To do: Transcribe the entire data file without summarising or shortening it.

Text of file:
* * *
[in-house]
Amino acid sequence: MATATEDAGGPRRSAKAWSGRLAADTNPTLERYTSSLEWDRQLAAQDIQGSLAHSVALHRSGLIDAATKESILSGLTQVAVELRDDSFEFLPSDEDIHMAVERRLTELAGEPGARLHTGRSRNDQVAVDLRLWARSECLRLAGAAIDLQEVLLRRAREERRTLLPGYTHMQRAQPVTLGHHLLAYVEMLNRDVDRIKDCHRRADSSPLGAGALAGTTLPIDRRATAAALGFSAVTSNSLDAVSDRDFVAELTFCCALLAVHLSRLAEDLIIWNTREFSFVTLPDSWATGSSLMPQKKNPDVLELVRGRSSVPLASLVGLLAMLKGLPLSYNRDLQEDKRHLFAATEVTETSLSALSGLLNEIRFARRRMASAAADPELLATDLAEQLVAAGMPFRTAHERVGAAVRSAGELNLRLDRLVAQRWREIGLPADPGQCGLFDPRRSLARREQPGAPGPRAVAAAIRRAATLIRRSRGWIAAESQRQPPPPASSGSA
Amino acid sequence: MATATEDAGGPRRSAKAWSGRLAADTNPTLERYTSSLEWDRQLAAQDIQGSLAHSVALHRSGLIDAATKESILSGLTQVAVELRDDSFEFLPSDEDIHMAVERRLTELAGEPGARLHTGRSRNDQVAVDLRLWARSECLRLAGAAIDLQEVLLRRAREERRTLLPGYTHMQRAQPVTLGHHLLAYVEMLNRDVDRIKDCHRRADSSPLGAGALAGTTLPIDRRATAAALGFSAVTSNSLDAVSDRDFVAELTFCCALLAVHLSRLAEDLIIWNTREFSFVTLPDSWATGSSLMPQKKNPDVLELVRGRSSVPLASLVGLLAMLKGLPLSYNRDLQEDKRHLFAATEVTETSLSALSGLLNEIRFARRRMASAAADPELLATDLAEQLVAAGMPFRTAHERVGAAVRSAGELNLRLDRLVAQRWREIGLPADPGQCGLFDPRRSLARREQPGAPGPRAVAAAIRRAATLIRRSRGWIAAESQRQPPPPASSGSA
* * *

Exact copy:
[in-house]
Amino acid sequence: MATATEDAGGPRRSAKAWSGRLAADTNPTLERYTSSLEWDRQLAAQDIQGSLAHSVALHRSGLIDAATKESILSGLTQVAVELRDDSFEFLPSDEDIHMAVERRLTELAGEPGARLHTGRSRNDQVAVDLRLWARSECLRLAGAAIDLQEVLLRRAREERRTLLPGYTHMQRAQPVTLGHHLLAYVEMLNRDVDRIKDCHRRADSSPLGAGALAGTTLPIDRRATAAALGFSAVTSNSLDAVSDRDFVAELTFCCALLAVHLSRLAEDLIIWNTREFSFVTLPDSWATGSSLMPQKKNPDVLELVRGRSSVPLASLVGLLAMLKGLPLSYNRDLQEDKRHLFAATEVTETSLSALSGLLNEIRFARRRMASAAADPELLATDLAEQLVAAGMPFRTAHERVGAAVRSAGELNLRLDRLVAQRWREIGLPADPGQCGLFDPRRSLARREQPGAPGPRAVAAAIRRAATLIRRSRGWIAAESQRQPPPPASSGSA
Amino acid sequence: MATATEDAGGPRRSAKAWSGRLAADTNPTLERYTSSLEWDRQLAAQDIQGSLAHSVALHRSGLIDAATKESILSGLTQVAVELRDDSFEFLPSDEDIHMAVERRLTELAGEPGARLHTGRSRNDQVAVDLRLWARSECLRLAGAAIDLQEVLLRRAREERRTLLPGYTHMQRAQPVTLGHHLLAYVEMLNRDVDRIKDCHRRADSSPLGAGALAGTTLPIDRRATAAALGFSAVTSNSLDAVSDRDFVAELTFCCALLAVHLSRLAEDLIIWNTREFSFVTLPDSWATGSSLMPQKKNPDVLELVRGRSSVPLASLVGLLAMLKGLPLSYNRDLQEDKRHLFAATEVTETSLSALSGLLNEIRFARRRMASAAADPELLATDLAEQLVAAGMPFRTAHERVGAAVRSAGELNLRLDRLVAQRWREIGLPADPGQCGLFDPRRSLARREQPGAPGPRAVAAAIRRAATLIRRSRGWIAAESQRQPPPPASSGSA